Banning White Supremacy Isn’t Censorship, It’s Accountability



When I began organizing in earnest to defend the internet in 2009, my efforts were driven by the great promise that an open internet without corporate gatekeepers would, in time, level the playing field for all speech. My hope was further inspired by the role social media platforms such as Twitter and Facebook played in aiding and giving international voice to the Arab Spring movement. Just a few years later, Occupy Wall Street also used social media as a means to bypass an exclusive and elitist mainstream media to amplify stories of economic inequity, branding the phrase “We are the 99 percent.” Then, in 2013, the hashtag #BlackLivesMatter emerged on Twitter, giving national and international voice to a growing movement for Black lives and against unchecked, systemic police violence.

By allowing ordinary people to share ideas, pressure targets directly, and catalyze and coordinate broader social movements across geographies, social media has played an important role in defending human rights. But, as I quickly learned, without adequate mechanisms to protect the speech of those historically discriminated against and excluded by all vehicles of modern voice—from school and universities to the ballot box, to media publishers and platforms—the marketplace of ideas ends up just like the actual marketplace, rigged to protect the speech of those already in power.

For instance, both the presidential elections of 2016 and 2020 were flooded with disinformation aimed explicitly at limiting the voting rights and political power of Black and Latino voters. The differing levels of police aggression against the seditious mob that recently attacked the Capitol versus the largely peaceful anti-racist protesters in almost every US city demonstrate a racialized double standard in freedom of assembly. Black communities don’t enjoy a free and fair press either: Eighty-three percent of newsroom staff are white. Racial disparities in media publishing have left the internet as a singular alternative for Black voices. But when the internet is riddled with racism, Black speech becomes a canary in a digital coal mine.

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Meanwhile, white supremacists of all kinds have historically enjoyed unfettered access to the means and mechanisms of speech. This is as true in a digital age as it has ever been. A 2017 Pew study found that one in four Black Americans has been threatened or harassed online because of their race or ethnicity. With Black and indigenous women killed in America more than any other race, the confluence of digital and real-world racial and gendered violence is undeniable, at least by those who directly experience it.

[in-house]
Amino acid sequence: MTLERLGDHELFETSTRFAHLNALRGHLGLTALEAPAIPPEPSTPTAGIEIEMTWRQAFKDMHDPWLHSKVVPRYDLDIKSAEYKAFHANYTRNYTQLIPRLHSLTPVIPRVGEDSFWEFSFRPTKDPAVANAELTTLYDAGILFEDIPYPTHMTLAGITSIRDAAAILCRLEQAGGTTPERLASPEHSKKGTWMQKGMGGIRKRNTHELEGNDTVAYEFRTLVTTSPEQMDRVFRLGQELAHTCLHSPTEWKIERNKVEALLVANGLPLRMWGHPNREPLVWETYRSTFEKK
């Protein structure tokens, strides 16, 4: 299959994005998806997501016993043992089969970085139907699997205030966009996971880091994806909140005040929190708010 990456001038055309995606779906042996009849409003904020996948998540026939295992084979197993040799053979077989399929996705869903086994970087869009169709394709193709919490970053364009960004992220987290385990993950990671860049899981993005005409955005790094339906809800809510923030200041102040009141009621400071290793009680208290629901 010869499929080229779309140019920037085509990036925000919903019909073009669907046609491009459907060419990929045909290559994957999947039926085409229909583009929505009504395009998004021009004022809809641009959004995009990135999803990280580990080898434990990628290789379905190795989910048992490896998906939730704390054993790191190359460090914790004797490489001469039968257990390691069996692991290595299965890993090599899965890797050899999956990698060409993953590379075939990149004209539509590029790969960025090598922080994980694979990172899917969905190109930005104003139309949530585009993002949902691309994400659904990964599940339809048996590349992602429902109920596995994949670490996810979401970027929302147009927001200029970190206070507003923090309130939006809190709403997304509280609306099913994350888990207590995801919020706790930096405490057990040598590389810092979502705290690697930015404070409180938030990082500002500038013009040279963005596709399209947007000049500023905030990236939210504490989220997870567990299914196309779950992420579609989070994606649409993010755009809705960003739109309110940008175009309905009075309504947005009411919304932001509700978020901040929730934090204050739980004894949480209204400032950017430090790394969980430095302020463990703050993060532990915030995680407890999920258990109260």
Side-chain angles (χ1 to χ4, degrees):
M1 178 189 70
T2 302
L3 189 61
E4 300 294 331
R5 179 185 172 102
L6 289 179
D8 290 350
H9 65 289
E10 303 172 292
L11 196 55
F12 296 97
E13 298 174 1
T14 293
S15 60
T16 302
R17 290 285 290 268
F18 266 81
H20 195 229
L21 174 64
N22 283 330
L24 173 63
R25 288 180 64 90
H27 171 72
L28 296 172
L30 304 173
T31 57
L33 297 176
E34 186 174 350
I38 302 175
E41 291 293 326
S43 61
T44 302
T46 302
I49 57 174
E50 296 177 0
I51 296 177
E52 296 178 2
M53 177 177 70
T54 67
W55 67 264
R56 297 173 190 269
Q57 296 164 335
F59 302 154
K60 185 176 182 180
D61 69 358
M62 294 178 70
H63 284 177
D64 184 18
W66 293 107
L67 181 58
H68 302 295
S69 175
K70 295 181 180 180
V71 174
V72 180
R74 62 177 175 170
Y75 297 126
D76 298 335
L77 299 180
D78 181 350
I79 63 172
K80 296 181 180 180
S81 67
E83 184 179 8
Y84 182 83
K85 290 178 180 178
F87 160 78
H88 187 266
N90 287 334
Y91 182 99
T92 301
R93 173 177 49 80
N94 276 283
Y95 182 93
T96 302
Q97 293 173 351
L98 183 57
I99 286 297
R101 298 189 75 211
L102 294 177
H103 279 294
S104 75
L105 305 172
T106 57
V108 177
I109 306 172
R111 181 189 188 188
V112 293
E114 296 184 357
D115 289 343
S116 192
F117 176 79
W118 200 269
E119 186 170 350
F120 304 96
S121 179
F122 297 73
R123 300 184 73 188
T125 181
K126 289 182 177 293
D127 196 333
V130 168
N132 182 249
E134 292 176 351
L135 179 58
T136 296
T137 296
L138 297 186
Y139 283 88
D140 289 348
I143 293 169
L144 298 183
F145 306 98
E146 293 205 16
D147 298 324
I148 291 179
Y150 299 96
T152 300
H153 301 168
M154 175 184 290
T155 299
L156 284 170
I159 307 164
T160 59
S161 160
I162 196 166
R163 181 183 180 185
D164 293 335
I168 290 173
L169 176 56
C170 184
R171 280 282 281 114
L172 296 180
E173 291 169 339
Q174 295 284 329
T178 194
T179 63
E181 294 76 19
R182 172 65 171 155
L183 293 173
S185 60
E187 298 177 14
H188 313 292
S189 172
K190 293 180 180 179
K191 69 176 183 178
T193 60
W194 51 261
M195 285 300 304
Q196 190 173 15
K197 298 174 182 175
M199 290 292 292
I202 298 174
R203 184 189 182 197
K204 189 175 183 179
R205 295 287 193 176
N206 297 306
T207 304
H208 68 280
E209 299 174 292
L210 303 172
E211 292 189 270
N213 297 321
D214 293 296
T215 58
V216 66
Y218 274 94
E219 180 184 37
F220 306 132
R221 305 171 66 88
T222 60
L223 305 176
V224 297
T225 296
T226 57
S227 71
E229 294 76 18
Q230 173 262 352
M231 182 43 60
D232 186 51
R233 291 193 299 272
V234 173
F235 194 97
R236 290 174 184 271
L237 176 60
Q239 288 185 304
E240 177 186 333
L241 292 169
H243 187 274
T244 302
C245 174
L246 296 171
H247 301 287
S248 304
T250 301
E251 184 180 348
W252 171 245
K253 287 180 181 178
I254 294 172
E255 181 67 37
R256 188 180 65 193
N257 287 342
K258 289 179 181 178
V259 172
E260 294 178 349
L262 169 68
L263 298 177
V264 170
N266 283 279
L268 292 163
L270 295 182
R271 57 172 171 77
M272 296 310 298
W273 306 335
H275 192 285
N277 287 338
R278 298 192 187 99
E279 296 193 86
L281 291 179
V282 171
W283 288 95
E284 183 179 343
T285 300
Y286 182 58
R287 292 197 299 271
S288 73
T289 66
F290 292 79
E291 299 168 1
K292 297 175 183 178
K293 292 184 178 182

As an early member of the Black Lives Matter Global Network in the Bay Area, I was among the leaders responsible for managing several BLM Facebook pages, and I witnessed the inequity first hand. I spent hours each day from 2014 until 2017 removing violent racial and gendered harassment, explicitly racist anti-Black language, and even threats to maim and murder Black activists. At that time, getting these posts removed was extremely difficult. There were no feedback mechanisms outside of users flagging posts themselves. And if the content management system, algorithmic or human, didn’t agree with your interpretation, the post stayed. As a result, Black activists like me managing Facebook pages were left with only one option: combing through each and every comment to remove the thousands that threatened Black people, at a great personal detriment.

In a digital age where much mobilization happens online, the constant drumbeat of racist harassment and threats, of doxxing and ridicule, is reminiscent of the earlier days of civil rights organizing. My body remains intact, but my spirit is scarred.

In this context, an absolutist interpretation of the First Amendment—that all speech is equal, that the internet is a sufficiently democratizing force, and that the remedy for harmful speech is more speech—willfully and callously ignores that all speech is not treated equally. A digital divide and algorithmic injustice have fractured the internet, and, together with the racial exclusion of mainstream media, has turned the remedy of more speech into a false solution. Ultimately, this harms Black communities, leaders, organizations, and movements. In a digital age, we need to deploy real mechanisms that protect the First Amendment rights of Black and brown people.